|Publication number||US2246920 A|
|Publication date||Jun 24, 1941|
|Filing date||Mar 15, 1940|
|Priority date||Mar 15, 1940|
|Publication number||US 2246920 A, US 2246920A, US-A-2246920, US2246920 A, US2246920A|
|Inventors||Louis L Kromholz|
|Original Assignee||Louis L Kromholz|
|Export Citation||BiBTeX, EndNote, RefMan|
|Referenced by (24), Classifications (10)|
|External Links: USPTO, USPTO Assignment, Espacenet|
June 24, 1941. KRQMHQLZ 2,246,920
VARIABLE PHOTOGRAPHIC M sK FOR MAINTAINING CONSTANT PROPORTIONS OF A VISIBLE AREA Filed March 15, 1940 2 Sheets-Sheet 1 ATTORNEYS June 24, 1941. KRQMHOLZ 2.246,9Z0
VARIABLE PHOTOGRAPHIC MASK FOR MAINTAINING CONSTANT PROPORTIONS OF A VISIBLE AREA Filed March 15, 1940 2 Sheets-Sheet 2 AT .7' 019M345.
Patented June 24, 1941 VARIABLE PHOTOGRAPHIC MASK FOR MAINTAINING CGNSTANT PROPORTIONS OF A VISIBLE AREA Louis L. Kromholz, White Plains, N. Y.
Application March 15, 1940, Serial No. 324,078
(Cl. 33l7) filaims.
My invention has been especially devised and is here described as intended for use in making photographic enlargements from prints or films, but it may be applied in any instance in which a selected area of a surface is to be reproduced or projected, either with or without enlargement, the object of my invention being to sheet the selection from the print of an area of dimensions proportionate to those desired on the reproduction, whatever be the size of the area selected.
When an enlargement is to be made of a print or negative, it is often desired to confine the reproduction to a part, sometimes of very limited area, of the original picture, either because it will reproduce better or will give a more artistic result than a reproduction of the whole, or because the interest is confined to that area, or because it is desired to show an object or individual in a slightly altered pose from that of the original, or for other reason. Enlargements are usually to certain standard dimensions-eight byten inches being a favored size and proportion. The selected area should conform, on its smaller scale, to theproportions, the relation of height to width, of the proposed enlargement or other reproduction.
It is now a well-known practice, when an enlargement is to be made of part of a print or film, to employ two masks, each mask being an L-shaped plate of about the shape of a machinists square. The print or other matter to be duplicated is laid on a flat surface and one of the masks is laid upon it with its inside angle defining the selected area on two sides and masking all of the print outside the inner edge of the mask. The other mask is inverted over the print with its inside angle facing that of the first mask, and is shifted thereon until the second mask defines the remaining two sides of the part to be reproduced, and masks all of the print on those sides which are not to be reproduced. There is thus enclosed by the two masks an uncovered portion of the print, whose size and shape depend on the adjustment of the L-shaped masks toward or away from'each other, and by great.
adjustment of one mask upon the other when they are being shifted one over the other until a position is reached which includes, between the opposed angles of the two masks, all of the print which is to be enlarged or duplicated, so that a fixed ratio of side to end of the area of the print which is being isolated will be maintained. This is done by guiding or controlling the movement of one mask relatively to the other so that the movement is in or parallel to a line joining the-apices of opposite angles of the two masks. The masks thus comprise a. self-contained unit for demarcating a selected rectangw,
lar portion of a photograph or the like, so that the duplicate, as for enlargement, of the selected area may be made, of predetermined proportional dimensions.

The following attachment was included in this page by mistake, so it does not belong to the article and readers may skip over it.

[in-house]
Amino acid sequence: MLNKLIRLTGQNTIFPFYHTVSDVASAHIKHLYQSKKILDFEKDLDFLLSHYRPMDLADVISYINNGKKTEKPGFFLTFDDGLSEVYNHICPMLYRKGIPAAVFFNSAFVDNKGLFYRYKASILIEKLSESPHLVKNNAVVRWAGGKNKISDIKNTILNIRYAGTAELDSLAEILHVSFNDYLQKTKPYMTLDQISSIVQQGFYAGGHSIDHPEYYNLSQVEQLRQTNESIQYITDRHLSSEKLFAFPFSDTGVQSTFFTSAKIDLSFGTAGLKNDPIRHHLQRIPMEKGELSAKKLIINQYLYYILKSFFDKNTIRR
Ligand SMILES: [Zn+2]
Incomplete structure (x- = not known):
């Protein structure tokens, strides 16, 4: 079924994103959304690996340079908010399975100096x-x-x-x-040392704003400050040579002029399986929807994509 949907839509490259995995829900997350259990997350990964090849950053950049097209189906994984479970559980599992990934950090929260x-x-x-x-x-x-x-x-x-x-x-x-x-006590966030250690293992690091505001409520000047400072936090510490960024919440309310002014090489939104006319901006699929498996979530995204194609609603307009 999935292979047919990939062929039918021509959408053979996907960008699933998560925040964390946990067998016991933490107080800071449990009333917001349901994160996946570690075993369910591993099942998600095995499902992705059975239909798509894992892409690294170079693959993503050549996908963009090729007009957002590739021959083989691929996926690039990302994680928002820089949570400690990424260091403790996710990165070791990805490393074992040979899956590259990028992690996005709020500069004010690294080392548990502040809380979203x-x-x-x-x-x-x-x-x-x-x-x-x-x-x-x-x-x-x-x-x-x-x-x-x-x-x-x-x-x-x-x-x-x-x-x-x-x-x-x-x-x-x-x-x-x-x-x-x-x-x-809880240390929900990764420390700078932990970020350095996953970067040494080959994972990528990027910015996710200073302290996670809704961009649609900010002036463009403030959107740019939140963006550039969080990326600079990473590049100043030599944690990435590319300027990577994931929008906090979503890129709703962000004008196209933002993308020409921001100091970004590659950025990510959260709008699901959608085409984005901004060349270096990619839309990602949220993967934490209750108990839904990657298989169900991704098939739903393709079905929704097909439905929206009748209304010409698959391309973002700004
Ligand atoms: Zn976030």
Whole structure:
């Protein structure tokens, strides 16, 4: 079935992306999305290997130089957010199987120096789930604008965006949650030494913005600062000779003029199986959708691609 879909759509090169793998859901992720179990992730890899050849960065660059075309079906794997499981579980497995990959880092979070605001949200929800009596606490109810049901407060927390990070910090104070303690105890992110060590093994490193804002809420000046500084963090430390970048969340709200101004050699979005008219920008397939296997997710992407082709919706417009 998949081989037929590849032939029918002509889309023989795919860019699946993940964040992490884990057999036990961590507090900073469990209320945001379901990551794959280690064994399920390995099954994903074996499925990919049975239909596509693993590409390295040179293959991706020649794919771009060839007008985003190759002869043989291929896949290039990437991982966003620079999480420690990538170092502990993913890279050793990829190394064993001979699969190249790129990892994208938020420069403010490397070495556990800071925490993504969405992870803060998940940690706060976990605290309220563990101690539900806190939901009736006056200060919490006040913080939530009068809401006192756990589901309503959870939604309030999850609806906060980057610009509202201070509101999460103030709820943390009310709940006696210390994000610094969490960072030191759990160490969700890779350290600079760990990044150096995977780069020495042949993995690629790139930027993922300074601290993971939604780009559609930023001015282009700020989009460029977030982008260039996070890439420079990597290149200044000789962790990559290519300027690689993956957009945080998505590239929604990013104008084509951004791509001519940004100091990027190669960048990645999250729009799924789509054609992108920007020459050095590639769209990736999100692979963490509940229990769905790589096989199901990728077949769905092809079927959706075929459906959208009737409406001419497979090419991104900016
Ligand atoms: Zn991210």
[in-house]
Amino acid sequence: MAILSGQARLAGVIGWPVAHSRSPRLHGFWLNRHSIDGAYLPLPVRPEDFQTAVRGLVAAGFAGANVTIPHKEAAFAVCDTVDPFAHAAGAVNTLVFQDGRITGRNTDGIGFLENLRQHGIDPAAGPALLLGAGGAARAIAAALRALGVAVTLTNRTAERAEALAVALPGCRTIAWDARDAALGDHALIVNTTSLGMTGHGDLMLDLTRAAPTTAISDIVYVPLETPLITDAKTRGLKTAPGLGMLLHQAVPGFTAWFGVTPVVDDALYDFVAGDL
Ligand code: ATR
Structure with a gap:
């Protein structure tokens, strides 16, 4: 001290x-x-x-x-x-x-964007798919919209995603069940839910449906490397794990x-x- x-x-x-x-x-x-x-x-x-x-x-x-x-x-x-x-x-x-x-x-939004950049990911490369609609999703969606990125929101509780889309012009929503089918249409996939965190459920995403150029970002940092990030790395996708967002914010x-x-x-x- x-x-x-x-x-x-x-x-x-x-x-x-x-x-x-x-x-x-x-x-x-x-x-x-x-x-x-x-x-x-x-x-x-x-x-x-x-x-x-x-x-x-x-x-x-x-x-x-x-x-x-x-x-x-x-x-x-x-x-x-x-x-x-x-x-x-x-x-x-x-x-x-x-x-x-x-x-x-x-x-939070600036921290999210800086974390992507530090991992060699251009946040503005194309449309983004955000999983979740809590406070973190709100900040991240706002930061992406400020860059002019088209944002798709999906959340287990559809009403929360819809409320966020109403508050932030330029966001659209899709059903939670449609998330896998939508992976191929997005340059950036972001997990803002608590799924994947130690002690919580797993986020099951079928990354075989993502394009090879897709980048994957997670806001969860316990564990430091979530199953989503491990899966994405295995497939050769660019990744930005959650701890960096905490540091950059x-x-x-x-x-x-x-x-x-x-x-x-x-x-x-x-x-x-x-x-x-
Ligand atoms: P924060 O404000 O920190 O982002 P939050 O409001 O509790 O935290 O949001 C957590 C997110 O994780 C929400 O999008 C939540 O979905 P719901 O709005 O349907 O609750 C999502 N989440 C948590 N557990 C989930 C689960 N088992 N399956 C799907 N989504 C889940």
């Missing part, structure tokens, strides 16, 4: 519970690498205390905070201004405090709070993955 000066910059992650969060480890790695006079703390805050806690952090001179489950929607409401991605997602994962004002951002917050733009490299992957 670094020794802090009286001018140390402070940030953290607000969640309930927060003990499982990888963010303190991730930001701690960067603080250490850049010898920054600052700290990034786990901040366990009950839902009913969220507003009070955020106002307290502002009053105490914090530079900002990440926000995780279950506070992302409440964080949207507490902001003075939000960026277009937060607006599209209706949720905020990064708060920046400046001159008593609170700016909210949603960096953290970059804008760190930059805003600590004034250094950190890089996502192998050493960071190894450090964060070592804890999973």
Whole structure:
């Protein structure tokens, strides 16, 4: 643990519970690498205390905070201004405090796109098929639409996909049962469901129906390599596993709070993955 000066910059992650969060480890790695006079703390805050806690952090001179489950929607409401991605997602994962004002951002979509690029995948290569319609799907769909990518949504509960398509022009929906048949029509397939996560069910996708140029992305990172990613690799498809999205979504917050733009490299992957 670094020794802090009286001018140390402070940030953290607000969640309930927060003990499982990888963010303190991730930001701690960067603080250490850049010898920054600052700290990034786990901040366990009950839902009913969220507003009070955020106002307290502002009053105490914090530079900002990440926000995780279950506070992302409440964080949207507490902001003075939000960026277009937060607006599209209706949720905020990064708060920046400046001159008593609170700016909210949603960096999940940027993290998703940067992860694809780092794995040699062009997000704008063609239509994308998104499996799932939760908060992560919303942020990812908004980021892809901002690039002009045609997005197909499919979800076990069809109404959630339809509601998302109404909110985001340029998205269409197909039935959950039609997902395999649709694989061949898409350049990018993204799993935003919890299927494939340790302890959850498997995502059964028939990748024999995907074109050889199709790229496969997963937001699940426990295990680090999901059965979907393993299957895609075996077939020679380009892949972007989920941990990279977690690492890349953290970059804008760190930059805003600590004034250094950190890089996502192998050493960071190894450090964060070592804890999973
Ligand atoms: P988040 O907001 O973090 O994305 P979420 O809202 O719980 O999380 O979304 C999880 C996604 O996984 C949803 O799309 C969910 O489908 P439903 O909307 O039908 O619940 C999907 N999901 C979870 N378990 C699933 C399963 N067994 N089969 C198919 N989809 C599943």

The accompanying drawings illustrate vention in two forms- Figure 1 showing in perspective one form of the masks in separated condition, and
Figure 2 (in perspective also) the same combined for use.
Figure 3 is a sectional view taken in the direction indicated by the arrows 3--3, Figure 2.
Figures 4 to 8 illustrate another formof the invention, Figure 4 showing it in perspective, Figure 5 in plan, Figure 6 in section on the line i3--6, Figure 5, and Figure 7 in section on the line 7-1, Figure 5. Figure 8 is a detail sectional view on the line 8t, Figure 5.
Figure 9 is a view of the print as marked for enlargement.
My invention does not need a stationary table for supporting the print or other matter to be enlarged. In the form of the invention shown in Figures 1 to 3, the instrument comprises two relatively movable masks A and B, of which A, conveniently held by the left hand in an approximately constant position, I refer to as the holding or stationary mask, while B, referred to herein as the moving or covering mask, may be held conveniently in the right hand and be moved over the mask A, to control the dimensions of the part of a print or negative selected for enlargement. The mask A has a one-piece imperforate, preferably rectangular, back sheet I of stiff, light material, cardboard for example. I provide means to hold adiustably on the back i a print or negative 2, a portion'oi which is to be selected for enlargement. This holding means may conveniently be a cardboard upper or front sheet 3 of outside dimensions equal to back sheet I. Enough of the material of sheet 3 is removed to form windows 4, 5, leaving vertical and horimy inzontal masking portions 6, I and an attaching strip 8. These parts may have conveniently about the relative sizes shown. The outside vertical edges of the portions 6 and 8 are cemented to the corresponding edges of the back sheet l, preferably with the interposition at each edge of spacer strips 9, l 0, so that the central portions of the sheets I and 3 between the strips 9, HI (indicated by the dotted lines H, H on Figure 1) will have enough space between them to ellowa print to be inserted and shifted about-but not so loosely but that the print will be lightly held by friction in any position to which it may be moved. Band I and the upper part of 6, with their rectangularly-disposed edges I3, 14, form an L which performs practically the same function as the corresponding L-shaped mask used with the area-determining method above referred to as that now practiced, here, however, being united to the back sheet I. They have the additional function of cooperating with the latter in holding the print to a position to which it is set. The print is adjusted under the edges l3, M by manipulating it through the window 4 (or window 5 if the print is of strip form) until all the undesired part of the print beyond said edges is masked by the portions 6, 1 of the sheet 3. The setting of the print may be upright, or slightly rotated, if it be desired to alter the pose of the figure or part selected for enlargement. Figure I illustrates a print so positioned as to mask lower and left-hand parts of the print. It is obvious that for manipulating the form and size of print here shown, the window 5 is not essential.